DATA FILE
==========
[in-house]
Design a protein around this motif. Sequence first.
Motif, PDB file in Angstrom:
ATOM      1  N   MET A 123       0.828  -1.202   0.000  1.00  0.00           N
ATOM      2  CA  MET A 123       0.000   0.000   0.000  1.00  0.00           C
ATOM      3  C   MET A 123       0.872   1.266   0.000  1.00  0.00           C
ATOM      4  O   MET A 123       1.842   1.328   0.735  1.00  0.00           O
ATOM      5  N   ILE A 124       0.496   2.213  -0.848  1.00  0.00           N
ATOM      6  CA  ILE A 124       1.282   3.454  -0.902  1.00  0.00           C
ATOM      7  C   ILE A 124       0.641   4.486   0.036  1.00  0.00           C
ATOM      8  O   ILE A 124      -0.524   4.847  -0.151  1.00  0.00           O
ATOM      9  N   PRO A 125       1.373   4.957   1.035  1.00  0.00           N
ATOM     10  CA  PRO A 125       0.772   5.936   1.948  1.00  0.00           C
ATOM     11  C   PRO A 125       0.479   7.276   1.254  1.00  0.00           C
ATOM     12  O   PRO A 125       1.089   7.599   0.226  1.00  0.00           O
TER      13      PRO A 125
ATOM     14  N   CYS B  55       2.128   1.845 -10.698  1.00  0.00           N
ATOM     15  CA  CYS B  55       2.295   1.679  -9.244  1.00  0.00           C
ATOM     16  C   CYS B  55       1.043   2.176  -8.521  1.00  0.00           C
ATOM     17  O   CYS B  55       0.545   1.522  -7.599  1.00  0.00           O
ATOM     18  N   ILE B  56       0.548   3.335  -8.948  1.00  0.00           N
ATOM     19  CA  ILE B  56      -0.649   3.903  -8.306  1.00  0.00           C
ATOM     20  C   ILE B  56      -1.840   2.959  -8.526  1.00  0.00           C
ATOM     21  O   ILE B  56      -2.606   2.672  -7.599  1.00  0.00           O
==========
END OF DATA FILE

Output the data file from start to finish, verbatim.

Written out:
[in-house]
Design a protein around this motif. Sequence first.
Motif, PDB file in Angstrom:
ATOM      1  N   MET A 123       0.828  -1.202   0.000  1.00  0.00           N
ATOM      2  CA  MET A 123       0.000   0.000   0.000  1.00  0.00           C
ATOM      3  C   MET A 123       0.872   1.266   0.000  1.00  0.00           C
ATOM      4  O   MET A 123       1.842   1.328   0.735  1.00  0.00           O
ATOM      5  N   ILE A 124       0.496   2.213  -0.848  1.00  0.00           N
ATOM      6  CA  ILE A 124       1.282   3.454  -0.902  1.00  0.00           C
ATOM      7  C   ILE A 124       0.641   4.486   0.036  1.00  0.00           C
ATOM      8  O   ILE A 124      -0.524   4.847  -0.151  1.00  0.00           O
ATOM      9  N   PRO A 125       1.373   4.957   1.035  1.00  0.00           N
ATOM     10  CA  PRO A 125       0.772   5.936   1.948  1.00  0.00           C
ATOM     11  C   PRO A 125       0.479   7.276   1.254  1.00  0.00           C
ATOM     12  O   PRO A 125       1.089   7.599   0.226  1.00  0.00           O
TER      13      PRO A 125
ATOM     14  N   CYS B  55       2.128   1.845 -10.698  1.00  0.00           N
ATOM     15  CA  CYS B  55       2.295   1.679  -9.244  1.00  0.00           C
ATOM     16  C   CYS B  55       1.043   2.176  -8.521  1.00  0.00           C
ATOM     17  O   CYS B  55       0.545   1.522  -7.599  1.00  0.00           O
ATOM     18  N   ILE B  56       0.548   3.335  -8.948  1.00  0.00           N
ATOM     19  CA  ILE B  56      -0.649   3.903  -8.306  1.00  0.00           C
ATOM     20  C   ILE B  56      -1.840   2.959  -8.526  1.00  0.00           C
ATOM     21  O   ILE B  56      -2.606   2.672  -7.599  1.00  0.00           O